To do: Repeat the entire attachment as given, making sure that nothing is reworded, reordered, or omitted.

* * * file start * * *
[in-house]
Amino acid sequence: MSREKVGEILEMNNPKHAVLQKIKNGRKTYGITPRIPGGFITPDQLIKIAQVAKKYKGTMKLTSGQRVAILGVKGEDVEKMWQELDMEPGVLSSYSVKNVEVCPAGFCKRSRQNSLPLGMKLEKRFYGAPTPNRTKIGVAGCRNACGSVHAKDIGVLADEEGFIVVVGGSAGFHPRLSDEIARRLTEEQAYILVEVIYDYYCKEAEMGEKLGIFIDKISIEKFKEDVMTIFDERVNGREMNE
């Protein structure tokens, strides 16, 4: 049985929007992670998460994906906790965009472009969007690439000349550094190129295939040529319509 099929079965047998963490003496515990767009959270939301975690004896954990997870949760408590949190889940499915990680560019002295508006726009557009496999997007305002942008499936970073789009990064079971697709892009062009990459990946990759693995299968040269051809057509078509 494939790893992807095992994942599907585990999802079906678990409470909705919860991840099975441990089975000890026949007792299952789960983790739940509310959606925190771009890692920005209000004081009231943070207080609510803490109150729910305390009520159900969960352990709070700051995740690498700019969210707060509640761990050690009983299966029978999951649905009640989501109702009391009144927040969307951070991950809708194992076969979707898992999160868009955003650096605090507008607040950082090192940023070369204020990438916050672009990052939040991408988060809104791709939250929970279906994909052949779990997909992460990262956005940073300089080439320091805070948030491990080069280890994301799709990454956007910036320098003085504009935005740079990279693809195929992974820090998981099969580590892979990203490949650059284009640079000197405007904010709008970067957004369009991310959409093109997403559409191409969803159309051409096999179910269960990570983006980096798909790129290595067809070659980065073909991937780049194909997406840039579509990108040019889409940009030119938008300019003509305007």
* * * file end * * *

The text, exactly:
[in-house]
Amino acid sequence: MSREKVGEILEMNNPKHAVLQKIKNGRKTYGITPRIPGGFITPDQLIKIAQVAKKYKGTMKLTSGQRVAILGVKGEDVEKMWQELDMEPGVLSSYSVKNVEVCPAGFCKRSRQNSLPLGMKLEKRFYGAPTPNRTKIGVAGCRNACGSVHAKDIGVLADEEGFIVVVGGSAGFHPRLSDEIARRLTEEQAYILVEVIYDYYCKEAEMGEKLGIFIDKISIEKFKEDVMTIFDERVNGREMNE
């Protein structure tokens, strides 16, 4: 049985929007992670998460994906906790965009472009969007690439000349550094190129295939040529319509 099929079965047998963490003496515990767009959270939301975690004896954990997870949760408590949190889940499915990680560019002295508006726009557009496999997007305002942008499936970073789009990064079971697709892009062009990459990946990759693995299968040269051809057509078509 494939790893992807095992994942599907585990999802079906678990409470909705919860991840099975441990089975000890026949007792299952789960983790739940509310959606925190771009890692920005209000004081009231943070207080609510803490109150729910305390009520159900969960352990709070700051995740690498700019969210707060509640761990050690009983299966029978999951649905009640989501109702009391009144927040969307951070991950809708194992076969979707898992999160868009955003650096605090507008607040950082090192940023070369204020990438916050672009990052939040991408988060809104791709939250929970279906994909052949779990997909992460990262956005940073300089080439320091805070948030491990080069280890994301799709990454956007910036320098003085504009935005740079990279693809195929992974820090998981099969580590892979990203490949650059284009640079000197405007904010709008970067957004369009991310959409093109997403559409191409969803159309051409096999179910269960990570983006980096798909790129290595067809070659980065073909991937780049194909997406840039579509990108040019889409940009030119938008300019003509305007």